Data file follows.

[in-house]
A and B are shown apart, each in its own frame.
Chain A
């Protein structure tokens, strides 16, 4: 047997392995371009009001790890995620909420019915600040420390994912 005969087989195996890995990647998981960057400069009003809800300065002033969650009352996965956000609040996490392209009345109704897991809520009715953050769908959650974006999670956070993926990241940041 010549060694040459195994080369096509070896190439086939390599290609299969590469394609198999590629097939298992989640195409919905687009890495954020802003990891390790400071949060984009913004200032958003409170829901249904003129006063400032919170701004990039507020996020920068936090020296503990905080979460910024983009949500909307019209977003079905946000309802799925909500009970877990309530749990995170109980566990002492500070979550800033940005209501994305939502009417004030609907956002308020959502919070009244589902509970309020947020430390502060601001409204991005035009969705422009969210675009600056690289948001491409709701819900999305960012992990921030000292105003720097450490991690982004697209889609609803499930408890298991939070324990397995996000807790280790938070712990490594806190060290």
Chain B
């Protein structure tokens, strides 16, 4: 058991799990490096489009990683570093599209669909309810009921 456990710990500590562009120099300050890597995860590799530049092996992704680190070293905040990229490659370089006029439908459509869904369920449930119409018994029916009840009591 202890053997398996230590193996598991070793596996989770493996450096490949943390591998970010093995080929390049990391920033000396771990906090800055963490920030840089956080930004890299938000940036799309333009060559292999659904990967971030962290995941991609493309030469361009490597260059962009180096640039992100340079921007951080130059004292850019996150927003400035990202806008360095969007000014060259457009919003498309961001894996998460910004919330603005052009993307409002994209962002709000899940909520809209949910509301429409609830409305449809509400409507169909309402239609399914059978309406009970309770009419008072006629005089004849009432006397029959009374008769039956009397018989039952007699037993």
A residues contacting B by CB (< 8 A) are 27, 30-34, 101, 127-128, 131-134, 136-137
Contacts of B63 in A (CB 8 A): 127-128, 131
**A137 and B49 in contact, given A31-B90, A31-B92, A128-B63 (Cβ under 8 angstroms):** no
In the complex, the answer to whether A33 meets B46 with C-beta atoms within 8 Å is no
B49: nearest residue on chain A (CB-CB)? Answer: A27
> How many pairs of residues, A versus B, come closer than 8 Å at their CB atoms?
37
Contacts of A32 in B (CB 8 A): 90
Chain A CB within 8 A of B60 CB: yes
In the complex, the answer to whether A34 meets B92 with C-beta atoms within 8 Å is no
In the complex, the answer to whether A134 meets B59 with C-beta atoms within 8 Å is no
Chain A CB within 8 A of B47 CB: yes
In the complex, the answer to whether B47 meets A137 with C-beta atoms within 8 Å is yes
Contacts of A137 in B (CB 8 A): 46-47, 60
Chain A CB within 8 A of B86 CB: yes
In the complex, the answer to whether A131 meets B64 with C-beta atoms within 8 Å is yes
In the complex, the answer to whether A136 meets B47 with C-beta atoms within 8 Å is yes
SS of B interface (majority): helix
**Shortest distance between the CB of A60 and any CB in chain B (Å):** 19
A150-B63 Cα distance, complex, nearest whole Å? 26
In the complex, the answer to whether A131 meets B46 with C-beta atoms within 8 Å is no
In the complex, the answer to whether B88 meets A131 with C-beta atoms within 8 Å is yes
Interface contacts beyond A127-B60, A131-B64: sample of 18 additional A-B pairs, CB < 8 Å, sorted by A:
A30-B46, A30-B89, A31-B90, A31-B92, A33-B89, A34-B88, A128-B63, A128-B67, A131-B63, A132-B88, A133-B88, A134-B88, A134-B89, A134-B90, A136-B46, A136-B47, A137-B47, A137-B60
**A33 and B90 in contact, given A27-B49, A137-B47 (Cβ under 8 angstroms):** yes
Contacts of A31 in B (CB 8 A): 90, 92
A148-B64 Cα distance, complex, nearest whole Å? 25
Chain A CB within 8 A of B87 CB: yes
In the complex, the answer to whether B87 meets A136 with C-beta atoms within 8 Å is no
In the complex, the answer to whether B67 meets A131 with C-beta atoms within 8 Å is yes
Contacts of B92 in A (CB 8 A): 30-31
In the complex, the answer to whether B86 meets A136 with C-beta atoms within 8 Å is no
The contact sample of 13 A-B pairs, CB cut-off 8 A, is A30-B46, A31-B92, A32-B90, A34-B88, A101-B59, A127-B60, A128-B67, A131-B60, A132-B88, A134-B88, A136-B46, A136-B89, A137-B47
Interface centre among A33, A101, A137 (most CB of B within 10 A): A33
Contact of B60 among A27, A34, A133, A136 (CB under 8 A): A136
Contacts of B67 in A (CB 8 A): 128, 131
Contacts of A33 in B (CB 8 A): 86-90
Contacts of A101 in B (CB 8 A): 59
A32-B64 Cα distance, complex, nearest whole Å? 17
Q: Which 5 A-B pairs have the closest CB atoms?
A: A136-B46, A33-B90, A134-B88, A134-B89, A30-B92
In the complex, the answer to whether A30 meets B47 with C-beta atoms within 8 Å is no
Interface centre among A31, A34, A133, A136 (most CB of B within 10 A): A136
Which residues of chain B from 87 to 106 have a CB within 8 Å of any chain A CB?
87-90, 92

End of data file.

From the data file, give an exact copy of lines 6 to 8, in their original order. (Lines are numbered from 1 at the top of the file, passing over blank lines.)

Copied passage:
């Protein structure tokens, strides 16, 4: 058991799990490096489009990683570093599209669909309810009921 456990710990500590562009120099300050890597995860590799530049092996992704680190070293905040990229490659370089006029439908459509869904369920449930119409018994029916009840009591 202890053997398996230590193996598991070793596996989770493996450096490949943390591998970010093995080929390049990391920033000396771990906090800055963490920030840089956080930004890299938000940036799309333009060559292999659904990967971030962290995941991609493309030469361009490597260059962009180096640039992100340079921007951080130059004292850019996150927003400035990202806008360095969007000014060259457009919003498309961001894996998460910004919330603005052009993307409002994209962002709000899940909520809209949910509301429409609830409305449809509400409507169909309402239609399914059978309406009970309770009419008072006629005089004849009432006397029959009374008769039956009397018989039952007699037993």
A residues contacting B by CB (< 8 A) are 27, 30-34, 101, 127-128, 131-134, 136-137
Contacts of B63 in A (CB 8 A): 127-128, 131